A cane. A necktie. A beret. Having a thing can transform an outfit and make its wearer stand out or so the fashion theory goes. Two men try it out
Teo van den Broeke, style director, Esquire magazine
Steve Jobs, the founder of Apple, wore the same blacksweater, mom jeans and dad trainers every day for years. Tom Wolfe has worn a white suit since 1962. The list of greats who have a thing an item of clothing, a look they return to day after day is a long one.
The reason? A thing allows master-of-the-universe types to build a visual identity and, in some extreme cases, bolster their cult of personality. (Just look at Chairman Mao. Everyone in his Peoples Republic wore Zhongshan jackets, but theyre for ever known as Mao jackets.) Having a thing helps you stand out from the crowd.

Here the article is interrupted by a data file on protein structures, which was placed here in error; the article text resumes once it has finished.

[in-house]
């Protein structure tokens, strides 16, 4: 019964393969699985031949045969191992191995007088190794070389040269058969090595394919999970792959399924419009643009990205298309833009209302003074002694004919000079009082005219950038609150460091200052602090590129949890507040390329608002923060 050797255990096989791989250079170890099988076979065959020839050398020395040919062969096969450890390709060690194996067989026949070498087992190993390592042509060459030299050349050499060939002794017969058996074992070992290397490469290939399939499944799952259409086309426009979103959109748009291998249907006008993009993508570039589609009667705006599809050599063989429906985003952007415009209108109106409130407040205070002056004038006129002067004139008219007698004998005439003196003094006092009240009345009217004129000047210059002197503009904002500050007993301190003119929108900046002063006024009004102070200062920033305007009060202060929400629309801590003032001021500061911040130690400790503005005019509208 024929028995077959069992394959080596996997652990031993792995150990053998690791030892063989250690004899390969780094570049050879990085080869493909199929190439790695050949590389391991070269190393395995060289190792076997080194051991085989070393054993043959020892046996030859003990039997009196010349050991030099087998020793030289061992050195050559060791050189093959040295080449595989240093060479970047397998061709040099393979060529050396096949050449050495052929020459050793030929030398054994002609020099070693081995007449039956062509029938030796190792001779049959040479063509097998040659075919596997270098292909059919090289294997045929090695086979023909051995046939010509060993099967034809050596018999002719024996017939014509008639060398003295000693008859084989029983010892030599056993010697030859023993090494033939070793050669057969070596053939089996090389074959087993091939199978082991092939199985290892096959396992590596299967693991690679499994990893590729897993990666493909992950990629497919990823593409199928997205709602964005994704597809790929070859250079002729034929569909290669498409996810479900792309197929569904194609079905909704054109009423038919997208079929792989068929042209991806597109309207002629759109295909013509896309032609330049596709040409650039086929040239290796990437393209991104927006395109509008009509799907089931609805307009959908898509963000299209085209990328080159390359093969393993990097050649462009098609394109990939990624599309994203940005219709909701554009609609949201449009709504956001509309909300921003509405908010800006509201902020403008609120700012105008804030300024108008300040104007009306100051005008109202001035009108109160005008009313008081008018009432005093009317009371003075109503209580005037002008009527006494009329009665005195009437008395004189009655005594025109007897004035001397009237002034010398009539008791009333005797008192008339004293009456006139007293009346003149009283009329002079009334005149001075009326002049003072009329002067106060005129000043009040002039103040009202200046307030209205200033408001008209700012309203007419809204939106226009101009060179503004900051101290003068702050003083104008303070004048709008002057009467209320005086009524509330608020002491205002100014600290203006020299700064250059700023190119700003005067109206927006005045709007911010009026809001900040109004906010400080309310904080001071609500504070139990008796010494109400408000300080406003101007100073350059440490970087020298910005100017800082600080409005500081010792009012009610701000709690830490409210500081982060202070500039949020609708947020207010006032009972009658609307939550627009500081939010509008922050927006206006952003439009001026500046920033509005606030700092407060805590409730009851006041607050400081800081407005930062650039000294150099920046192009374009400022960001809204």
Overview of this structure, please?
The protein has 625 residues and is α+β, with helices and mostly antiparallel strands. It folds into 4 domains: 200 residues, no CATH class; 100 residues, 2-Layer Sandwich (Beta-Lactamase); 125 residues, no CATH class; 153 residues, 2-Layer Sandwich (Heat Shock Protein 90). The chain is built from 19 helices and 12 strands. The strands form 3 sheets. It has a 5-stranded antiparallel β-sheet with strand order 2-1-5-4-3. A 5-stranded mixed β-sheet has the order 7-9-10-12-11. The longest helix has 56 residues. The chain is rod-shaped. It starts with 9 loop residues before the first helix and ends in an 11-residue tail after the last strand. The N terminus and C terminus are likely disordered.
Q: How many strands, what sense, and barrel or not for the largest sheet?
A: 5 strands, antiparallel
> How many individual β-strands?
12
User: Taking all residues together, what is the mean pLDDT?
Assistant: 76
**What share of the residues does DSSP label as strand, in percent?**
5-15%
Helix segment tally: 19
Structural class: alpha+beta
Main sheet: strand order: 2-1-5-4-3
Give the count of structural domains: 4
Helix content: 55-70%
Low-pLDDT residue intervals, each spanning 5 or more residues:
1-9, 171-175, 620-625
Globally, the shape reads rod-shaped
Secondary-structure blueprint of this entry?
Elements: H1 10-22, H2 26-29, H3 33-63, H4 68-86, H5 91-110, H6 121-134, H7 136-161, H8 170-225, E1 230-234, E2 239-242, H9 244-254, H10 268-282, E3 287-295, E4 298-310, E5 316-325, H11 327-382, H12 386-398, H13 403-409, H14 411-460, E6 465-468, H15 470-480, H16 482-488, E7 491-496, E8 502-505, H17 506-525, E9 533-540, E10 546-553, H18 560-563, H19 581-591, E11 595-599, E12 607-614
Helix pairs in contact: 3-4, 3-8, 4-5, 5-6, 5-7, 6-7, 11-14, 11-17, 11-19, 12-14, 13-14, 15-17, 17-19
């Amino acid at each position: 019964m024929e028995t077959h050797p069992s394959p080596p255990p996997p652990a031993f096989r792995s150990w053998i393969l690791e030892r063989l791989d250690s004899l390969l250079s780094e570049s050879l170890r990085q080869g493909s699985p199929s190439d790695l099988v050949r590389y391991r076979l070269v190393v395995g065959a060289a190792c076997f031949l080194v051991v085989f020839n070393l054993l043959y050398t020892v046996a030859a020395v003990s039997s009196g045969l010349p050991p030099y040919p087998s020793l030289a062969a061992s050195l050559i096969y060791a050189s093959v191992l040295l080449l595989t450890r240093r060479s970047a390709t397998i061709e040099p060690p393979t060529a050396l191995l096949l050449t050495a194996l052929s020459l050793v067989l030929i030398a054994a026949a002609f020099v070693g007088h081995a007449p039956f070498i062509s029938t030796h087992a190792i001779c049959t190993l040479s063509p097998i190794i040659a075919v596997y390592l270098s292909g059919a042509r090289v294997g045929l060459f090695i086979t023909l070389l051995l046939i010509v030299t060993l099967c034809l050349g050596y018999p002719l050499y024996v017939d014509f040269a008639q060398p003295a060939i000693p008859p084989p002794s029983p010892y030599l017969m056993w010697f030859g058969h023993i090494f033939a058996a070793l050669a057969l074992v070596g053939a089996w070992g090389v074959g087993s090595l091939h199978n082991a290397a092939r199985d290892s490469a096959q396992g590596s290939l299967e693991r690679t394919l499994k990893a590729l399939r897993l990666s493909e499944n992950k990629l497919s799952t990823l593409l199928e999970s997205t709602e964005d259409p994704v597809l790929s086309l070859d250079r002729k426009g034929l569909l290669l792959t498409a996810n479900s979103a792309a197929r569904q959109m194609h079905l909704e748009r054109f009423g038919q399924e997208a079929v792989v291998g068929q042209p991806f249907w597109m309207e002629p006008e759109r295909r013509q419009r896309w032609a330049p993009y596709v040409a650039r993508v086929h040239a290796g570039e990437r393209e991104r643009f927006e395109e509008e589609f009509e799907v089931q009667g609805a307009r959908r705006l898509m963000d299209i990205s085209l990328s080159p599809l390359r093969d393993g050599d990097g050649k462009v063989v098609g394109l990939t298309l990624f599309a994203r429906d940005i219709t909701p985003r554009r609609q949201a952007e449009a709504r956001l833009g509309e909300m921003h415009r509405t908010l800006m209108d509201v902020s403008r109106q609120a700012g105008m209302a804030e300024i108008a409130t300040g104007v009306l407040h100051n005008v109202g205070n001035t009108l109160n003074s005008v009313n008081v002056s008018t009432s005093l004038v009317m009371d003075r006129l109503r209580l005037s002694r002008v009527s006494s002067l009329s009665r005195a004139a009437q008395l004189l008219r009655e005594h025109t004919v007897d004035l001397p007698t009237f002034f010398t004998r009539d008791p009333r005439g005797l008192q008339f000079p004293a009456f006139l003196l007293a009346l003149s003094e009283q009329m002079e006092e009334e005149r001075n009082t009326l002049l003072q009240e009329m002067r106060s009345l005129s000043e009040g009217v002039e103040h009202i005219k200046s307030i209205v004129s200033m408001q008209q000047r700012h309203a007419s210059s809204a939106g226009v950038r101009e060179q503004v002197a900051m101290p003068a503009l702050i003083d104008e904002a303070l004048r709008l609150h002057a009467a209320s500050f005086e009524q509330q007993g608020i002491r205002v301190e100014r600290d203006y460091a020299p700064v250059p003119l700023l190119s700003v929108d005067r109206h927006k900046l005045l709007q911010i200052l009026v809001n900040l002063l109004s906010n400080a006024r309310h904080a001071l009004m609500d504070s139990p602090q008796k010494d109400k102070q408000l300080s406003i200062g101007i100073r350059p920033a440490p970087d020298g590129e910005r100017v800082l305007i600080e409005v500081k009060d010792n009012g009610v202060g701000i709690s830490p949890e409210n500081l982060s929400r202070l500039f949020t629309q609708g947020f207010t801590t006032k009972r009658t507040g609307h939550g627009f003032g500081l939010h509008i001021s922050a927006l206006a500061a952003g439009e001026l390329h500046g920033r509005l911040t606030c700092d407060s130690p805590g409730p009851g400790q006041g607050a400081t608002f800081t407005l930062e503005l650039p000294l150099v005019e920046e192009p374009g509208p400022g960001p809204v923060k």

Personally, as the style director of Esquire magazine where style is valued as highly as substance Ive made getting dressed for work easier by adopting the same uniform as Mr Giorgio Armani. Easy to wear and understated, navy blue is a shade that speaks of authority and elegance.
But to say that navy blue is my thing is like saying that wearing underwear is my thing. Most men wear a lot of navy. So I decided to try a definitive, unusual prop that would stand out from the crowd.